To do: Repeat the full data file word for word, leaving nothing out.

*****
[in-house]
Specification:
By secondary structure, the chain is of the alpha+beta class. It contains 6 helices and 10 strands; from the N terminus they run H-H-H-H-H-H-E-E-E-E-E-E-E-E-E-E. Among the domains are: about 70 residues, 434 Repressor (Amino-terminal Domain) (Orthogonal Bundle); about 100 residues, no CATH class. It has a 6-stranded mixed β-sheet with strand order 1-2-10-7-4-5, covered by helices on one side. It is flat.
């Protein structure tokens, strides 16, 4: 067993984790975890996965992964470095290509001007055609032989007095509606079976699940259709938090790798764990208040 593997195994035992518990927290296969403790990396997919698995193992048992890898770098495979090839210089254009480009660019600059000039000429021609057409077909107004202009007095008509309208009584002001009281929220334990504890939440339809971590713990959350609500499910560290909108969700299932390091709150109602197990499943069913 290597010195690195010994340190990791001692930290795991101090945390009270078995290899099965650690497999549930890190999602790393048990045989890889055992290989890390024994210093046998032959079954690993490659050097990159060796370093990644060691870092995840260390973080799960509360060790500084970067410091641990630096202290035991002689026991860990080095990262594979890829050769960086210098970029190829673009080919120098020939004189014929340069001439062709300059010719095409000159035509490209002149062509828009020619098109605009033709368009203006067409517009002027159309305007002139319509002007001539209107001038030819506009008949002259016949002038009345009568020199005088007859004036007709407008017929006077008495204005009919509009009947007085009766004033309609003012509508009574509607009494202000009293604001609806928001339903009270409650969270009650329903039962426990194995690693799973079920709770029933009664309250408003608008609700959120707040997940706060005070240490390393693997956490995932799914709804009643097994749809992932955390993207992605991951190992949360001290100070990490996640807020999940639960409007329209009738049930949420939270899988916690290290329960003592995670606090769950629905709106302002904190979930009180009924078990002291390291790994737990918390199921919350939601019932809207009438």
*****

[in-house]
Specification:
By secondary structure, the chain is of the alpha+beta class. It contains 6 helices and 10 strands; from the N terminus they run H-H-H-H-H-H-E-E-E-E-E-E-E-E-E-E. Among the domains are: about 70 residues, 434 Repressor (Amino-terminal Domain) (Orthogonal Bundle); about 100 residues, no CATH class. It has a 6-stranded mixed β-sheet with strand order 1-2-10-7-4-5, covered by helices on one side. It is flat.
């Protein structure tokens, strides 16, 4: 067993984790975890996965992964470095290509001007055609032989007095509606079976699940259709938090790798764990208040 593997195994035992518990927290296969403790990396997919698995193992048992890898770098495979090839210089254009480009660019600059000039000429021609057409077909107004202009007095008509309208009584002001009281929220334990504890939440339809971590713990959350609500499910560290909108969700299932390091709150109602197990499943069913 290597010195690195010994340190990791001692930290795991101090945390009270078995290899099965650690497999549930890190999602790393048990045989890889055992290989890390024994210093046998032959079954690993490659050097990159060796370093990644060691870092995840260390973080799960509360060790500084970067410091641990630096202290035991002689026991860990080095990262594979890829050769960086210098970029190829673009080919120098020939004189014929340069001439062709300059010719095409000159035509490209002149062509828009020619098109605009033709368009203006067409517009002027159309305007002139319509002007001539209107001038030819506009008949002259016949002038009345009568020199005088007859004036007709407008017929006077008495204005009919509009009947007085009766004033309609003012509508009574509607009494202000009293604001609806928001339903009270409650969270009650329903039962426990194995690693799973079920709770029933009664309250408003608008609700959120707040997940706060005070240490390393693997956490995932799914709804009643097994749809992932955390993207992605991951190992949360001290100070990490996640807020999940639960409007329209009738049930949420939270899988916690290290329960003592995670606090769950629905709106302002904190979930009180009924078990002291390291790994737990918390199921919350939601019932809207009438």